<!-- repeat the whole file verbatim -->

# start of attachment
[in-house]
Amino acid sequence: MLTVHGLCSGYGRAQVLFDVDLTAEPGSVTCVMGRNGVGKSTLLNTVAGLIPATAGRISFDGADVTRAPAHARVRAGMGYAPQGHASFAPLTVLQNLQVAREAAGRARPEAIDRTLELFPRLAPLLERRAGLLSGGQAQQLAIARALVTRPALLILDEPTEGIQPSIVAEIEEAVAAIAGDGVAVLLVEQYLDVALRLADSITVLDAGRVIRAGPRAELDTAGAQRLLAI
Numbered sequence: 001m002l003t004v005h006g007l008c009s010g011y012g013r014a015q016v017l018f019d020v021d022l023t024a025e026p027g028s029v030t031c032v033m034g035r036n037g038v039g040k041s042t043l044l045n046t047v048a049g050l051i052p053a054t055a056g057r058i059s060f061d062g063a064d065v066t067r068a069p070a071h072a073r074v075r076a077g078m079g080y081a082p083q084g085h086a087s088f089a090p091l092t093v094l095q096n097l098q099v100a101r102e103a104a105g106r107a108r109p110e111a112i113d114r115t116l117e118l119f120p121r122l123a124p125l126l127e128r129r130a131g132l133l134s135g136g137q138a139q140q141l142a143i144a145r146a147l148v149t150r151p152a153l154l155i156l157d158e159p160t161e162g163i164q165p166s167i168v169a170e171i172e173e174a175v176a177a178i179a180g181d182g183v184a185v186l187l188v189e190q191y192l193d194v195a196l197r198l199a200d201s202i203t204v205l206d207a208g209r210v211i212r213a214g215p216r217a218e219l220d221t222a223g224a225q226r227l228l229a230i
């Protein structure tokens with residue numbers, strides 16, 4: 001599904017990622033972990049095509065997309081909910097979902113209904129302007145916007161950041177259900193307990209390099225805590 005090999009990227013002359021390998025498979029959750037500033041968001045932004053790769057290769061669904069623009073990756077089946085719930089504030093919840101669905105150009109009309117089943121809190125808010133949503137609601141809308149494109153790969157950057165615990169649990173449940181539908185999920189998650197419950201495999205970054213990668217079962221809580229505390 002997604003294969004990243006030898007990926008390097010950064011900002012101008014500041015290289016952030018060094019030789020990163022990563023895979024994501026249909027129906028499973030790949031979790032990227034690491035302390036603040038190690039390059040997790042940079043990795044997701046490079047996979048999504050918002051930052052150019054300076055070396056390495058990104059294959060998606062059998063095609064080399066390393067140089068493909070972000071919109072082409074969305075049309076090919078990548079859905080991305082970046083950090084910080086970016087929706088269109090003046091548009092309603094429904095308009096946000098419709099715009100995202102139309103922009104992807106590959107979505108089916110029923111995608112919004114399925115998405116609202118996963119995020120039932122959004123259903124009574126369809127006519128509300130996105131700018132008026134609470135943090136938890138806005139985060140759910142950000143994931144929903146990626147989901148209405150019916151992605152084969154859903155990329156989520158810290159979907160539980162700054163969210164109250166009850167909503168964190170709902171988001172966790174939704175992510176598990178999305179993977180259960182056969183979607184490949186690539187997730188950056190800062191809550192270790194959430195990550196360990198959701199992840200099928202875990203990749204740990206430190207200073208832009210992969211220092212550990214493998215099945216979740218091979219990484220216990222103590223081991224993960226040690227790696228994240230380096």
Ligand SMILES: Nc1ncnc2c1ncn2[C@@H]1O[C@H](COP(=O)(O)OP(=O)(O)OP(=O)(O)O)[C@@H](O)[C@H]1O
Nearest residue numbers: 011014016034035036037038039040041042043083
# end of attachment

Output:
[in-house]
Amino acid sequence: MLTVHGLCSGYGRAQVLFDVDLTAEPGSVTCVMGRNGVGKSTLLNTVAGLIPATAGRISFDGADVTRAPAHARVRAGMGYAPQGHASFAPLTVLQNLQVAREAAGRARPEAIDRTLELFPRLAPLLERRAGLLSGGQAQQLAIARALVTRPALLILDEPTEGIQPSIVAEIEEAVAAIAGDGVAVLLVEQYLDVALRLADSITVLDAGRVIRAGPRAELDTAGAQRLLAI
Numbered sequence: 001m002l003t004v005h006g007l008c009s010g011y012g013r014a015q016v017l018f019d020v021d022l023t024a025e026p027g028s029v030t031c032v033m034g035r036n037g038v039g040k041s042t043l044l045n046t047v048a049g050l051i052p053a054t055a056g057r058i059s060f061d062g063a064d065v066t067r068a069p070a071h072a073r074v075r076a077g078m079g080y081a082p083q084g085h086a087s088f089a090p091l092t093v094l095q096n097l098q099v100a101r102e103a104a105g106r107a108r109p110e111a112i113d114r115t116l117e118l119f120p121r122l123a124p125l126l127e128r129r130a131g132l133l134s135g136g137q138a139q140q141l142a143i144a145r146a147l148v149t150r151p152a153l154l155i156l157d158e159p160t161e162g163i164q165p166s167i168v169a170e171i172e173e174a175v176a177a178i179a180g181d182g183v184a185v186l187l188v189e190q191y192l193d194v195a196l197r198l199a200d201s202i203t204v205l206d207a208g209r210v211i212r213a214g215p216r217a218e219l220d221t222a223g224a225q226r227l228l229a230i
């Protein structure tokens with residue numbers, strides 16, 4: 001599904017990622033972990049095509065997309081909910097979902113209904129302007145916007161950041177259900193307990209390099225805590 005090999009990227013002359021390998025498979029959750037500033041968001045932004053790769057290769061669904069623009073990756077089946085719930089504030093919840101669905105150009109009309117089943121809190125808010133949503137609601141809308149494109153790969157950057165615990169649990173449940181539908185999920189998650197419950201495999205970054213990668217079962221809580229505390 002997604003294969004990243006030898007990926008390097010950064011900002012101008014500041015290289016952030018060094019030789020990163022990563023895979024994501026249909027129906028499973030790949031979790032990227034690491035302390036603040038190690039390059040997790042940079043990795044997701046490079047996979048999504050918002051930052052150019054300076055070396056390495058990104059294959060998606062059998063095609064080399066390393067140089068493909070972000071919109072082409074969305075049309076090919078990548079859905080991305082970046083950090084910080086970016087929706088269109090003046091548009092309603094429904095308009096946000098419709099715009100995202102139309103922009104992807106590959107979505108089916110029923111995608112919004114399925115998405116609202118996963119995020120039932122959004123259903124009574126369809127006519128509300130996105131700018132008026134609470135943090136938890138806005139985060140759910142950000143994931144929903146990626147989901148209405150019916151992605152084969154859903155990329156989520158810290159979907160539980162700054163969210164109250166009850167909503168964190170709902171988001172966790174939704175992510176598990178999305179993977180259960182056969183979607184490949186690539187997730188950056190800062191809550192270790194959430195990550196360990198959701199992840200099928202875990203990749204740990206430190207200073208832009210992969211220092212550990214493998215099945216979740218091979219990484220216990222103590223081991224993960226040690227790696228994240230380096």
Ligand SMILES: Nc1ncnc2c1ncn2[C@@H]1O[C@H](COP(=O)(O)OP(=O)(O)OP(=O)(O)O)[C@@H](O)[C@H]1O
Nearest residue numbers: 011014016034035036037038039040041042043083